It's that special time in a woman's life where she finds herself nervous, yet excited about the big day in her life. The air is permeated with wedding fever, with so many things to do, sending out the wedding invitations, picking out the perfect giveaways, booking the venue, selecting the perfect caterers and rehearsing for the wedding.
Finally the best part for any woman - looking for the wedding dress and deciding the colors and designs for the bridesmaids' dresses. Girls have fantasized about what that dress will like when that day finally arrives to walk down the aisle, dreaming about being shrouded in the perfect white dress.
Modest Wedding Gown Patterns
There are so many wedding coutour magazines and websites with designs that are sure to leave you baffled. You might spot a design that you really want to go with and suddenly spot a better one. You're indecisiveness will leave you switching between patterns - very exhausting task.
If you have a particular design in mind, spread out an array of patterns relevant to your design, compare styles and work done on the dresses, consider mixing things up to have a feature from each dress, combined into one. Compare your design with our suggestions, which should easily help you decide the perfect kind of dress to opt for.
This may seem like a common choice of material but you need to look past the stereotypical designs and come up with something unique. While picking out lace, familiarize yourself with the different kinds of lace available to stitch onto the dress and the ones youcan opt for. Here are a few types of laces that are popularly used on wedding gowns
Lace is a thin, see-through material, which can be either stitched over the top of a tube dress, to cover the chest, shoulders and back area, or it can cover the entire dress's length to give it a heavier facade. It can look very stylish, and can really bring out the dress's design. It can go over any material, the best one being stiff satin.
It gives the gown a princess-like look if you experiment with heavy work and intricate detailing. The lacy material works best when it ends at your elbows or in full sleeves with it tapering into an inverted pyramid or ending around your wrists. Make sure the lace is tight against your skin, you wouldn't want it puffing up in places, ruining the whole look.
Layering a bridal gown means letting different sized length materials fall against the dress right till the end of it. This works best for a dress that is mushroom-shaped (puffy hem), because the layers show better when the dress is more spread out. These layers can be satin folds, which go around the dress in a wave-like fashion vertically.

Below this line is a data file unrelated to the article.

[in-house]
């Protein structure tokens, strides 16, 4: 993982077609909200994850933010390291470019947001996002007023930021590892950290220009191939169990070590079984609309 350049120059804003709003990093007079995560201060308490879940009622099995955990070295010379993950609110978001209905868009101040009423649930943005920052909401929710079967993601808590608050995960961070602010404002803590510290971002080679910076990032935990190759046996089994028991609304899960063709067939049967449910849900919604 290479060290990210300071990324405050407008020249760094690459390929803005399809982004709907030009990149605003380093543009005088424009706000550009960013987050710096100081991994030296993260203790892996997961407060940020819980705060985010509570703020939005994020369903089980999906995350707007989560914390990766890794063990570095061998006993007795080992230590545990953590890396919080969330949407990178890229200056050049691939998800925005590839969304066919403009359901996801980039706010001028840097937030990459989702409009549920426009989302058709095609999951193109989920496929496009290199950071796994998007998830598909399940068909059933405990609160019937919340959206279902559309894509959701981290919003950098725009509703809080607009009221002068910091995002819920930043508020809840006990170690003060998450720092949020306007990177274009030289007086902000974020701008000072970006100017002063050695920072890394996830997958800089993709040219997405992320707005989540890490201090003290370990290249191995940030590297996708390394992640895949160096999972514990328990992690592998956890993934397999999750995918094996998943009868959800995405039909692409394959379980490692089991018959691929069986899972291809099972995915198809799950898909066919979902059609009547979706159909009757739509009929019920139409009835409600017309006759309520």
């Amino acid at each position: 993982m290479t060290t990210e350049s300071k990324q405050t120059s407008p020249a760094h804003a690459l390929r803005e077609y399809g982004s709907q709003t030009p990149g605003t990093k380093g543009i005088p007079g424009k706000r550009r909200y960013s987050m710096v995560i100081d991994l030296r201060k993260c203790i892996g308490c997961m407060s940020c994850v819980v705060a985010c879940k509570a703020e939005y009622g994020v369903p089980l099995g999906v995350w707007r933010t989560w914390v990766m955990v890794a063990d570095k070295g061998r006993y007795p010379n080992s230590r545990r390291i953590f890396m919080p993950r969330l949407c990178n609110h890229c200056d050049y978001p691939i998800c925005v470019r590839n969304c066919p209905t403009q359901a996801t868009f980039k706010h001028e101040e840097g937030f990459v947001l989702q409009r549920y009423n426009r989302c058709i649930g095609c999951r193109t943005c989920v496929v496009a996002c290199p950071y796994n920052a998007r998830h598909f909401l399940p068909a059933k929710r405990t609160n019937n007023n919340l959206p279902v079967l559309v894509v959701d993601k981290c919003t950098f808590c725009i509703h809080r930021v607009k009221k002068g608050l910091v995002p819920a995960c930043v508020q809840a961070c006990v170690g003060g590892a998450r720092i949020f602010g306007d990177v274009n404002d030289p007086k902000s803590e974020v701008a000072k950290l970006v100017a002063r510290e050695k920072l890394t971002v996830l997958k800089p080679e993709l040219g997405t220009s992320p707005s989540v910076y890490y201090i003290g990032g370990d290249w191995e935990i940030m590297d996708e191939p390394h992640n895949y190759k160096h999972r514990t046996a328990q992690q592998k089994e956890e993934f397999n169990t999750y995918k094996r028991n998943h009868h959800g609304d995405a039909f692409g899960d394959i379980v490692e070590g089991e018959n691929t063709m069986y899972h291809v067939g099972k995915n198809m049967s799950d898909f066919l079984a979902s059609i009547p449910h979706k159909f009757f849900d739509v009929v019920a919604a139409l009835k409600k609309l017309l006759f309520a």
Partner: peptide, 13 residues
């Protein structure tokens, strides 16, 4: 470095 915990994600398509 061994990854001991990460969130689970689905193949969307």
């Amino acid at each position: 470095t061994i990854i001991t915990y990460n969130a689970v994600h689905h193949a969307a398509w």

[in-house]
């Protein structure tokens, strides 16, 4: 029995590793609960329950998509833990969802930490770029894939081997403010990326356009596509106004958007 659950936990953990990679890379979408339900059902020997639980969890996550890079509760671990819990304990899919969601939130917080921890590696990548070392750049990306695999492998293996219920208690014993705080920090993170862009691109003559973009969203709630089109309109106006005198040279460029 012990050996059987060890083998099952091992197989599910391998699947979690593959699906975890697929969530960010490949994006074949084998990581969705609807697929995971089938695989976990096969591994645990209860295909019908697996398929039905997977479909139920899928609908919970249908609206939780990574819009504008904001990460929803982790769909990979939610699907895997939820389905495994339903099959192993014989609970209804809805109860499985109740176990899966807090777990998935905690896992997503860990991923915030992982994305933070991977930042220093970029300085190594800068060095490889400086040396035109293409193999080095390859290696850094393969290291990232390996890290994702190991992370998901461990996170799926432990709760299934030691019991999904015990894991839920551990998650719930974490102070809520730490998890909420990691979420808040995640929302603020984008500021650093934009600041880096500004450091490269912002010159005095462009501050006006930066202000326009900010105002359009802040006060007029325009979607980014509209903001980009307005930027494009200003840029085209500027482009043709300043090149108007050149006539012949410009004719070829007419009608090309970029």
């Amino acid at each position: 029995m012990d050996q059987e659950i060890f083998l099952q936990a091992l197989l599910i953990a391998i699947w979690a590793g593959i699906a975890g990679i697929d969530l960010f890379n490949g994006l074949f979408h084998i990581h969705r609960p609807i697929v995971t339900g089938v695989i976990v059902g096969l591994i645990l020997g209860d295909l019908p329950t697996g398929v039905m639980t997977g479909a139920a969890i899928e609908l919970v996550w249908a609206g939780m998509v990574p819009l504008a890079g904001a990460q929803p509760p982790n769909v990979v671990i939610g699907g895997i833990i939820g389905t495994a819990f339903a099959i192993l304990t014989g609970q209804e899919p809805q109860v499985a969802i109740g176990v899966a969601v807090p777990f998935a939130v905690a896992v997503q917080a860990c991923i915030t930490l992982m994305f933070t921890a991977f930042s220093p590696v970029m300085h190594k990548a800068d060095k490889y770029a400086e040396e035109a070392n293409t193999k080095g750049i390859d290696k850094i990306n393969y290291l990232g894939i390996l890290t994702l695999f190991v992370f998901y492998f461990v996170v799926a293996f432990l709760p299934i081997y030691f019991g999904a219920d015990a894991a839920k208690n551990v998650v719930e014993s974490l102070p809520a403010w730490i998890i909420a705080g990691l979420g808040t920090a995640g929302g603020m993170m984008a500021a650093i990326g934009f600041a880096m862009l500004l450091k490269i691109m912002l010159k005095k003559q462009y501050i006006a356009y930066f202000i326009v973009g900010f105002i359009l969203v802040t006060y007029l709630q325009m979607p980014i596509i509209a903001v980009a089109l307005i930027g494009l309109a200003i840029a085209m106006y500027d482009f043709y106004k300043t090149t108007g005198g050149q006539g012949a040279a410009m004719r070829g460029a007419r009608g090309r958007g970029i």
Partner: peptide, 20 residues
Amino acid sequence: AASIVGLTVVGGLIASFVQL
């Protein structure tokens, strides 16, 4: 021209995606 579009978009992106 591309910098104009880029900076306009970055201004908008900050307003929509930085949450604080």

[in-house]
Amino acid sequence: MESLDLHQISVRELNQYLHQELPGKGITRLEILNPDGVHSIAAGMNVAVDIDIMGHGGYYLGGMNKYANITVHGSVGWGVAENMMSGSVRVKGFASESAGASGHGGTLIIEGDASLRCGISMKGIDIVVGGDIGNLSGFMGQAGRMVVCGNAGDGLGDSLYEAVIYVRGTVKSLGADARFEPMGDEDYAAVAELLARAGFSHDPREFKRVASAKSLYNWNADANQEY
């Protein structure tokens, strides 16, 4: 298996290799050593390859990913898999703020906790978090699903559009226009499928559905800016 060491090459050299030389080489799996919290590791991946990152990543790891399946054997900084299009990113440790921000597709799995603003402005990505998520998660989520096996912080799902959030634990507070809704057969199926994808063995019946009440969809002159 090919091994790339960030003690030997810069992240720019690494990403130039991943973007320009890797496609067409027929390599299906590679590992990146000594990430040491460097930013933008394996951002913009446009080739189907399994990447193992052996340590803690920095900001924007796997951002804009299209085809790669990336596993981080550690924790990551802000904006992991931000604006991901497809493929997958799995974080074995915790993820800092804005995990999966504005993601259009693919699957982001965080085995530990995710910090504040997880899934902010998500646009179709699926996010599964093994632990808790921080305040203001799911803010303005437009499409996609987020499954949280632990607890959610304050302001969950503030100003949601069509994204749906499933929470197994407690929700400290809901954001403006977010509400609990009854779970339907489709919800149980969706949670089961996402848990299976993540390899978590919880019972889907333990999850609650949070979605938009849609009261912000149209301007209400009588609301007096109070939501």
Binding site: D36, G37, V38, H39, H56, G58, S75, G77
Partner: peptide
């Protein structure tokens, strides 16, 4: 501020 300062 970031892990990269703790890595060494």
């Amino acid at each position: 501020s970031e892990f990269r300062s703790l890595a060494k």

Go easy on the folds to avoid it looking too cluttered, consult a good book and look out for layering designs that are neat and not overly done to make it look old-fashioned. It can look like the dress is weighing you down if the folds aren't stitched properly.
Satin works best for any wedding dress design, with that nice shimmery gleam that bounces off the material. In modest wedding dress patterns, this look will really bring out a bride's dress design. The tube dress can either be placed over a bracket to give it that mushroom bulge, or it can fall straight down, gathering around your feet.
The material should ideally be folded and stitched around the waist area to give it more flow rather than just sitting straight against your body. You can have a knee-length dress to show off a pair of classic white stilettos.
You can split up your waist area in two parts - pick out a satin black/pastel colored bow that ties in at the end in a neat bow tie for a knee-length pattern only, for a long dress that isn't in a mushroom bulge design, you can use this idea.
Remember, lengths have to complement each other. If you're going with a knee-length dress, a short wedding veil that ends midway behind your back works well and vice verse. For the tube dress, the little overcoat is long-sleeved with intricate work done or can be plain with lapels. Don't include buttons on the overcoat to show off that tube-topped dress.
A halter dress design works well for a short as well as long length dresses, provided it isn't fitted over a puffy hem. It can circle around your neck with a nice lacy finish. Go easy on the work done on the front of the halter, if your overcoat is done with heavy design work.
Modest wedding dresses are a good choice in getting ready-made, but starting from scratch seems more fun because you get to experiment with your own ideas.